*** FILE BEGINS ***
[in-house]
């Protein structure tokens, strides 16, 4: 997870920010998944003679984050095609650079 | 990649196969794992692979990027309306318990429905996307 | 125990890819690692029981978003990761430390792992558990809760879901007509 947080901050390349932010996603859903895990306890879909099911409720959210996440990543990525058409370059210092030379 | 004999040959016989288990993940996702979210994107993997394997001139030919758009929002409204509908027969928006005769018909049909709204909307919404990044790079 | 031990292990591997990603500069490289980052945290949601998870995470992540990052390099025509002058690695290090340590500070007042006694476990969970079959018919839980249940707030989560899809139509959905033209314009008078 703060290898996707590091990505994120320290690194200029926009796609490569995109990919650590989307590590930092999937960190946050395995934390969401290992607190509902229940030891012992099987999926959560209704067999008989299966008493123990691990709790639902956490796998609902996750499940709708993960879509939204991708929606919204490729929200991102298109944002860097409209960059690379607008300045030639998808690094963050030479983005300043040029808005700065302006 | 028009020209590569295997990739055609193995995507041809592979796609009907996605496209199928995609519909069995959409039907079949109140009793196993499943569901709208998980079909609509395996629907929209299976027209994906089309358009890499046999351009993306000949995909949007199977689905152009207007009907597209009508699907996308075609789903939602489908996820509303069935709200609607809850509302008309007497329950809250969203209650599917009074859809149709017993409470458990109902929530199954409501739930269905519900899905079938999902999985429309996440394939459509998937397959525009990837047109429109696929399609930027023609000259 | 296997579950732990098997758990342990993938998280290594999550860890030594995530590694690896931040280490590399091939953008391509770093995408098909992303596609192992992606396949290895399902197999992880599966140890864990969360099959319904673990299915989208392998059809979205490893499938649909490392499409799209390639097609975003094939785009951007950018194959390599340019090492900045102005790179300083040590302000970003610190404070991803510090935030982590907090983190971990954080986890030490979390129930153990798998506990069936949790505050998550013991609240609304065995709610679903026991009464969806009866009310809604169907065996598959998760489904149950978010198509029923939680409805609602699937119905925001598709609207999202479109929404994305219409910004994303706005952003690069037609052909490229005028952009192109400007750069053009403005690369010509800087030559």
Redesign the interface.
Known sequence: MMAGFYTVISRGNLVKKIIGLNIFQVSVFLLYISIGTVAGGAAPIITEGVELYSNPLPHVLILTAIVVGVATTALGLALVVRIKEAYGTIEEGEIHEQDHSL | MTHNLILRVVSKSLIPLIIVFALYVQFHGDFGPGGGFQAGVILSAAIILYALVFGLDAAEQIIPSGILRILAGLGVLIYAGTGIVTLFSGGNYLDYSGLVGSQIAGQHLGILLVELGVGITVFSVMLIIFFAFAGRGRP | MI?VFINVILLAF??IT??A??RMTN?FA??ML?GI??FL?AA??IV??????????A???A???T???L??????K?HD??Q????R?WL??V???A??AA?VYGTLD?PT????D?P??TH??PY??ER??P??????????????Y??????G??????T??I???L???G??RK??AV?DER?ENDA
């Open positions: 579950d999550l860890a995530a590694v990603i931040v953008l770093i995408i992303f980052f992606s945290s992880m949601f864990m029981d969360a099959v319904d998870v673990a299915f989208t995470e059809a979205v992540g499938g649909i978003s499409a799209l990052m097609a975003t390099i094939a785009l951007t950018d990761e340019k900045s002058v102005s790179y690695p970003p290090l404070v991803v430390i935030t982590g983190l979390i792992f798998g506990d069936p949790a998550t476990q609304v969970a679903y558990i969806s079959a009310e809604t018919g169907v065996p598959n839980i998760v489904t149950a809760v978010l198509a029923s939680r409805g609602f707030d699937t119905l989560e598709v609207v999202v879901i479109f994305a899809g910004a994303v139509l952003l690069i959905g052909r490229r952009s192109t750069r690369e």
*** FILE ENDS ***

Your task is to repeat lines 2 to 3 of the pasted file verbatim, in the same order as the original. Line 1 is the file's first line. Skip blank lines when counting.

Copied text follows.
């Protein structure tokens, strides 16, 4: 997870920010998944003679984050095609650079 | 990649196969794992692979990027309306318990429905996307 | 125990890819690692029981978003990761430390792992558990809760879901007509 947080901050390349932010996603859903895990306890879909099911409720959210996440990543990525058409370059210092030379 | 004999040959016989288990993940996702979210994107993997394997001139030919758009929002409204509908027969928006005769018909049909709204909307919404990044790079 | 031990292990591997990603500069490289980052945290949601998870995470992540990052390099025509002058690695290090340590500070007042006694476990969970079959018919839980249940707030989560899809139509959905033209314009008078 703060290898996707590091990505994120320290690194200029926009796609490569995109990919650590989307590590930092999937960190946050395995934390969401290992607190509902229940030891012992099987999926959560209704067999008989299966008493123990691990709790639902956490796998609902996750499940709708993960879509939204991708929606919204490729929200991102298109944002860097409209960059690379607008300045030639998808690094963050030479983005300043040029808005700065302006 | 028009020209590569295997990739055609193995995507041809592979796609009907996605496209199928995609519909069995959409039907079949109140009793196993499943569901709208998980079909609509395996629907929209299976027209994906089309358009890499046999351009993306000949995909949007199977689905152009207007009907597209009508699907996308075609789903939602489908996820509303069935709200609607809850509302008309007497329950809250969203209650599917009074859809149709017993409470458990109902929530199954409501739930269905519900899905079938999902999985429309996440394939459509998937397959525009990837047109429109696929399609930027023609000259 | 296997579950732990098997758990342990993938998280290594999550860890030594995530590694690896931040280490590399091939953008391509770093995408098909992303596609192992992606396949290895399902197999992880599966140890864990969360099959319904673990299915989208392998059809979205490893499938649909490392499409799209390639097609975003094939785009951007950018194959390599340019090492900045102005790179300083040590302000970003610190404070991803510090935030982590907090983190971990954080986890030490979390129930153990798998506990069936949790505050998550013991609240609304065995709610679903026991009464969806009866009310809604169907065996598959998760489904149950978010198509029923939680409805609602699937119905925001598709609207999202479109929404994305219409910004994303706005952003690069037609052909490229005028952009192109400007750069053009403005690369010509800087030559």
Redesign the interface.